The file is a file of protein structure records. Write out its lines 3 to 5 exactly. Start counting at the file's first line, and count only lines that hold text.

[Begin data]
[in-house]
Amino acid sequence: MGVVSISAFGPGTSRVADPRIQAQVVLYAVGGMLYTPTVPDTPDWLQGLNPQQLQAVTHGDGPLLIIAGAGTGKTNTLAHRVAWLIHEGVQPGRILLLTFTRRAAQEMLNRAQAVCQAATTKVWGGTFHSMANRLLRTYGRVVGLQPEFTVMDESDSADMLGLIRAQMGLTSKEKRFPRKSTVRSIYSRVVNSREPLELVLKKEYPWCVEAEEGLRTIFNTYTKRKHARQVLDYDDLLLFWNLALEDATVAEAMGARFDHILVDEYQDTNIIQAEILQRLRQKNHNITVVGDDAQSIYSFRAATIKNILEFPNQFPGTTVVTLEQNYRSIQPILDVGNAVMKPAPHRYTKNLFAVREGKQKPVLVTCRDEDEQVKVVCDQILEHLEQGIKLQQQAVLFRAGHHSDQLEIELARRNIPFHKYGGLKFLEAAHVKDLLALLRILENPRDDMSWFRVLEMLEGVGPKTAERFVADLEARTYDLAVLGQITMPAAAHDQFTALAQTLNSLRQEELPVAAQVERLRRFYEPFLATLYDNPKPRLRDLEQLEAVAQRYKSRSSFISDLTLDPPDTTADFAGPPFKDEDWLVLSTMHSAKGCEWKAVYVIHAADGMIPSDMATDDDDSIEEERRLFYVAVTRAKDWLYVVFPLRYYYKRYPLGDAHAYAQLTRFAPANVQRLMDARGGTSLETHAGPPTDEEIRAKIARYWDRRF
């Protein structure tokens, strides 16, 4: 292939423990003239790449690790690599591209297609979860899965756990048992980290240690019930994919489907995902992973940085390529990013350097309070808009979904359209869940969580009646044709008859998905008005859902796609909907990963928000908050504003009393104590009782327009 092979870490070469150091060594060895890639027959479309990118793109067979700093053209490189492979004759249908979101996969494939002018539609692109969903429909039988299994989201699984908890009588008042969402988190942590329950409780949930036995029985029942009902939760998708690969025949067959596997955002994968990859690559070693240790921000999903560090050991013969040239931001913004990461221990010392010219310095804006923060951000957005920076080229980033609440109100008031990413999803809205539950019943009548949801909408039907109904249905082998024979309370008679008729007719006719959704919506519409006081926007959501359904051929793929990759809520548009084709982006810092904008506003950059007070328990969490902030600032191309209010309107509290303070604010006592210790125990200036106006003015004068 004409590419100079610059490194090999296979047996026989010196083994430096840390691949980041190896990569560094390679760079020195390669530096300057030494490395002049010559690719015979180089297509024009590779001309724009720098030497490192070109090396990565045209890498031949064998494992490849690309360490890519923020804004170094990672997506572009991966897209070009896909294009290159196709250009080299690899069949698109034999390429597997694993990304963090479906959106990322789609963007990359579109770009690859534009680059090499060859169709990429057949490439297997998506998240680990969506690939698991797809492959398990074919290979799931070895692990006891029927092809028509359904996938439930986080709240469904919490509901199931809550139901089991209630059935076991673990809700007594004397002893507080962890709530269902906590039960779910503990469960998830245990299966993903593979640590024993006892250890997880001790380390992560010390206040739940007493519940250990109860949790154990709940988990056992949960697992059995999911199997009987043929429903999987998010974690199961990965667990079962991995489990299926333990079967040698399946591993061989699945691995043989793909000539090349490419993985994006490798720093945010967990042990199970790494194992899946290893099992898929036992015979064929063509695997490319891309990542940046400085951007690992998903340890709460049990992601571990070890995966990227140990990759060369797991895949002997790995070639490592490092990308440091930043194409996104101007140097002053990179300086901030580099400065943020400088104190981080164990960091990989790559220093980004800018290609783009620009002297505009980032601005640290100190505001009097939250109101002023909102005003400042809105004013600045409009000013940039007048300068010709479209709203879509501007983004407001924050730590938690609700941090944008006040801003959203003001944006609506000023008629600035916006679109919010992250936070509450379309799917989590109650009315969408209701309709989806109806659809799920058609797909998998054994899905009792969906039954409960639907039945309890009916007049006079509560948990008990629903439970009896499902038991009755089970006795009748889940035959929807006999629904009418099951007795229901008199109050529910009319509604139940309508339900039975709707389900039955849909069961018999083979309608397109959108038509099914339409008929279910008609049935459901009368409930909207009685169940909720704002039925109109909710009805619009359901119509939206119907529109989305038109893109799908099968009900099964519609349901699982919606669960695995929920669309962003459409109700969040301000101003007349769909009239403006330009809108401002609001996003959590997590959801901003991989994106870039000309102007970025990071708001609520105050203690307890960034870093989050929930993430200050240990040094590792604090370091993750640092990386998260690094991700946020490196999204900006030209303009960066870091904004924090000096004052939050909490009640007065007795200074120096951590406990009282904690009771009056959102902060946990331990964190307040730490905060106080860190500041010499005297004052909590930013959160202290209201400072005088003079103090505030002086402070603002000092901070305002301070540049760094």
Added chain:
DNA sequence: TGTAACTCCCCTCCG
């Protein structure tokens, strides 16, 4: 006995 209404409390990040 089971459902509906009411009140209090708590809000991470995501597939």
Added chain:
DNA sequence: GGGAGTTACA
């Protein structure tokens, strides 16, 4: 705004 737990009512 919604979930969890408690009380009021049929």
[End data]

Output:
């Protein structure tokens, strides 16, 4: 292939423990003239790449690790690599591209297609979860899965756990048992980290240690019930994919489907995902992973940085390529990013350097309070808009979904359209869940969580009646044709008859998905008005859902796609909907990963928000908050504003009393104590009782327009 092979870490070469150091060594060895890639027959479309990118793109067979700093053209490189492979004759249908979101996969494939002018539609692109969903429909039988299994989201699984908890009588008042969402988190942590329950409780949930036995029985029942009902939760998708690969025949067959596997955002994968990859690559070693240790921000999903560090050991013969040239931001913004990461221990010392010219310095804006923060951000957005920076080229980033609440109100008031990413999803809205539950019943009548949801909408039907109904249905082998024979309370008679008729007719006719959704919506519409006081926007959501359904051929793929990759809520548009084709982006810092904008506003950059007070328990969490902030600032191309209010309107509290303070604010006592210790125990200036106006003015004068 004409590419100079610059490194090999296979047996026989010196083994430096840390691949980041190896990569560094390679760079020195390669530096300057030494490395002049010559690719015979180089297509024009590779001309724009720098030497490192070109090396990565045209890498031949064998494992490849690309360490890519923020804004170094990672997506572009991966897209070009896909294009290159196709250009080299690899069949698109034999390429597997694993990304963090479906959106990322789609963007990359579109770009690859534009680059090499060859169709990429057949490439297997998506998240680990969506690939698991797809492959398990074919290979799931070895692990006891029927092809028509359904996938439930986080709240469904919490509901199931809550139901089991209630059935076991673990809700007594004397002893507080962890709530269902906590039960779910503990469960998830245990299966993903593979640590024993006892250890997880001790380390992560010390206040739940007493519940250990109860949790154990709940988990056992949960697992059995999911199997009987043929429903999987998010974690199961990965667990079962991995489990299926333990079967040698399946591993061989699945691995043989793909000539090349490419993985994006490798720093945010967990042990199970790494194992899946290893099992898929036992015979064929063509695997490319891309990542940046400085951007690992998903340890709460049990992601571990070890995966990227140990990759060369797991895949002997790995070639490592490092990308440091930043194409996104101007140097002053990179300086901030580099400065943020400088104190981080164990960091990989790559220093980004800018290609783009620009002297505009980032601005640290100190505001009097939250109101002023909102005003400042809105004013600045409009000013940039007048300068010709479209709203879509501007983004407001924050730590938690609700941090944008006040801003959203003001944006609506000023008629600035916006679109919010992250936070509450379309799917989590109650009315969408209701309709989806109806659809799920058609797909998998054994899905009792969906039954409960639907039945309890009916007049006079509560948990008990629903439970009896499902038991009755089970006795009748889940035959929807006999629904009418099951007795229901008199109050529910009319509604139940309508339900039975709707389900039955849909069961018999083979309608397109959108038509099914339409008929279910008609049935459901009368409930909207009685169940909720704002039925109109909710009805619009359901119509939206119907529109989305038109893109799908099968009900099964519609349901699982919606669960695995929920669309962003459409109700969040301000101003007349769909009239403006330009809108401002609001996003959590997590959801901003991989994106870039000309102007970025990071708001609520105050203690307890960034870093989050929930993430200050240990040094590792604090370091993750640092990386998260690094991700946020490196999204900006030209303009960066870091904004924090000096004052939050909490009640007065007795200074120096951590406990009282904690009771009056959102902060946990331990964190307040730490905060106080860190500041010499005297004052909590930013959160202290209201400072005088003079103090505030002086402070603002000092901070305002301070540049760094």
Added chain:
DNA sequence: TGTAACTCCCCTCCG